The zoo has seen more than 346,000 visitors since the January unveiling of the surviving twin of mother Mei Xiang and father Tian Tian, according to the Smithsonian’s National Zoological Park.
Eighty percent of the National Zoo’s 2.3 million annual visitors visit the David M. Rubenstein Family Giant Panda Habitat, which is the centerpiece of the park’s Asia Trail.
There are slightly more than 1,600 pandas remaining in the world, with almost a quarter of them residing in zoos and preservation facilities, according to the Smithsonian. The animals are native to the mountain ranges of Central China. However, due to continued deforestation and other human industrial activities, the species is endangered.
Even among zoos, giant pandas are a rarity. The National Zoo is one of only four in the United States to feature the species. This scarcity only contributes to the pandas allure.
“The fact that we are one of the only zoos in the country to offer giant pandas definitely helps with our popularity,” said zoo spokesman Devon Murphy.
A group of eighth-graders from Seaside and Los Arboles Middle Schools in Monterey County, Calif., were part of a sea of tourists recently. The students made the trip across the country especially to see Bei Bei and the other giant pandas.
“I looked forward to seeing the pandas, that was the most exciting part,” said eighth-grader Oakley Pelton.
“It was so cute and cuddly, I wanted to take it home,” said her classmate, Amaya Valenzuela, whose arms were wrapped around a stuffed panda souvenir she purchased at the nearby gift shop.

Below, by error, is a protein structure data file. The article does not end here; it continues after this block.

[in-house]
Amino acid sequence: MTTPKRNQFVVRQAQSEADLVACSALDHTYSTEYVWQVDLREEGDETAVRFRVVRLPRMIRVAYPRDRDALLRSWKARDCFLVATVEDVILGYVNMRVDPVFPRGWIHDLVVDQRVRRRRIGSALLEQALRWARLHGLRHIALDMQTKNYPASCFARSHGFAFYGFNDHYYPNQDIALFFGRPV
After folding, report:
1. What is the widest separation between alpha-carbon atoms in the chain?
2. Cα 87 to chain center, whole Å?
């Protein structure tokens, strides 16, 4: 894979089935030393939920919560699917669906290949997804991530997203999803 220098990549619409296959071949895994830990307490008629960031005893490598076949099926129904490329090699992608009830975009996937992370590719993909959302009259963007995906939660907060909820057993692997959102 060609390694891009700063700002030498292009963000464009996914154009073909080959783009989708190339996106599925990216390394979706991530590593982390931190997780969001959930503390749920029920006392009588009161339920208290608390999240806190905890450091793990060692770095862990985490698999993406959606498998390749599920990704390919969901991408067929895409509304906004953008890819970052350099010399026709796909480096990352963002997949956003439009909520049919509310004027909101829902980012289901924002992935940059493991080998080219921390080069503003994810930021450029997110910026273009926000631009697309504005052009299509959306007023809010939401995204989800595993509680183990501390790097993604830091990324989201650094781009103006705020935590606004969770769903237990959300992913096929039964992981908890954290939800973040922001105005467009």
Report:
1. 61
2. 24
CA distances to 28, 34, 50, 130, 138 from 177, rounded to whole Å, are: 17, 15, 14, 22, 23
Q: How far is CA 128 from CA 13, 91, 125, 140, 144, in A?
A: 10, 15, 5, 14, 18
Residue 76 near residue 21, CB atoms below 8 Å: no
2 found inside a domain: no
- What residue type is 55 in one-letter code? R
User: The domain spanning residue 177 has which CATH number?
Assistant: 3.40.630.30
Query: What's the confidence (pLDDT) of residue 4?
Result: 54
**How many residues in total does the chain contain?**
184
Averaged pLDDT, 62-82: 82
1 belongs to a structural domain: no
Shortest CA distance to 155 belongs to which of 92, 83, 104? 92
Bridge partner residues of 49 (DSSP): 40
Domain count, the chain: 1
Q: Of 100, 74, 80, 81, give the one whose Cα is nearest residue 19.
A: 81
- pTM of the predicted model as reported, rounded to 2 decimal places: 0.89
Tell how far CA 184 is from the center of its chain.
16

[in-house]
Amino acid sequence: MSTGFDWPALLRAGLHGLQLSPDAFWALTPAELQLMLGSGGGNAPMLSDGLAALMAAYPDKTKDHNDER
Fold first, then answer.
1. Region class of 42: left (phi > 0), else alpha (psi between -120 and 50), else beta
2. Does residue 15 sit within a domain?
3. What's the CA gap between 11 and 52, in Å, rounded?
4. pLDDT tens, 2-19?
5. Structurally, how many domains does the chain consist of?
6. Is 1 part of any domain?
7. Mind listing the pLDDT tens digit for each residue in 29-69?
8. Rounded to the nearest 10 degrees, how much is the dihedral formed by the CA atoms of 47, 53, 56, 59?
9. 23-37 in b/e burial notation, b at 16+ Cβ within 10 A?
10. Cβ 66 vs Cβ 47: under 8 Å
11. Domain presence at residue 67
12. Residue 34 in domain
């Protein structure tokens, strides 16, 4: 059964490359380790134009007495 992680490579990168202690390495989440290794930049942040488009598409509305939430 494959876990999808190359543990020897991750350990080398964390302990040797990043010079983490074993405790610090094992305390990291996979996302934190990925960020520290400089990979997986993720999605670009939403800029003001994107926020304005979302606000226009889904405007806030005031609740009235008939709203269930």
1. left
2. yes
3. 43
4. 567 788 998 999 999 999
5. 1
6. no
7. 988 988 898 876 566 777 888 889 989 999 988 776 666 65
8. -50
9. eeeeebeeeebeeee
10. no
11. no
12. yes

The irresistible appeal of pandas has a scientific explanation, according to Dr. Simon Rego, director of psychology training at Montefiore Medical Center, Albert Einstein College of Medicine in New York.
It’s all about evolution, he said.
“The leading theory suggests that we tend to find most appealing the animals that have characteristics — a large head and eyes, small nose and mouth, protruding cheeks and forehead, etcetera — that are similar to our own infants,” Rego said.
“We are biologically programmed to respond to with a nurturing reaction. This automatic reaction is hypothesized to be so powerful that it can be activated by other species with similar traits.”
Those who can’t make it to the National Zoo, can follow the activities of Bei Bei and his family through the zoo’s webcam, which provides live stream footage of the animals.
“The National Zoo is conducting a behavioral study on panda development for the first few months of Bei Bei’s development,” Murphy explained.
There are two cameras in the habitat, with one always on Bei Bei and Mei Xiang.
“We want to monitor how much time they spend together and away from each other, how close they get, how and when they communicate,” Murphy said.
Bei Bei, whose name means “precious treasure” in Mandarin, was named by both First Ladies Michelle Obama and Peng Liyuan of China last September when China’s first family came for a state visit.
The presence of giant pandas in Washington is rooted in international diplomacy.
Originally given to the United States as a goodwill gesture from China during the restoration of relations between the two nations in the early 1970s, the current family of giant pandas remain here on long-term loan.
After negotiations, the lease on Tian Tian and Mei Xiang recently was extended until 2020. Any of the pair’s offspring are required to be sent to China upon reaching age four.
Bei Bei is scheduled to be sent to China in 2019 to join his older siblings, Bao Bao (who is scheduled for relocation from Washington when she turns four years old in 2017) and Tai Shan, who currently resides at the Dujiangyan Panda Base.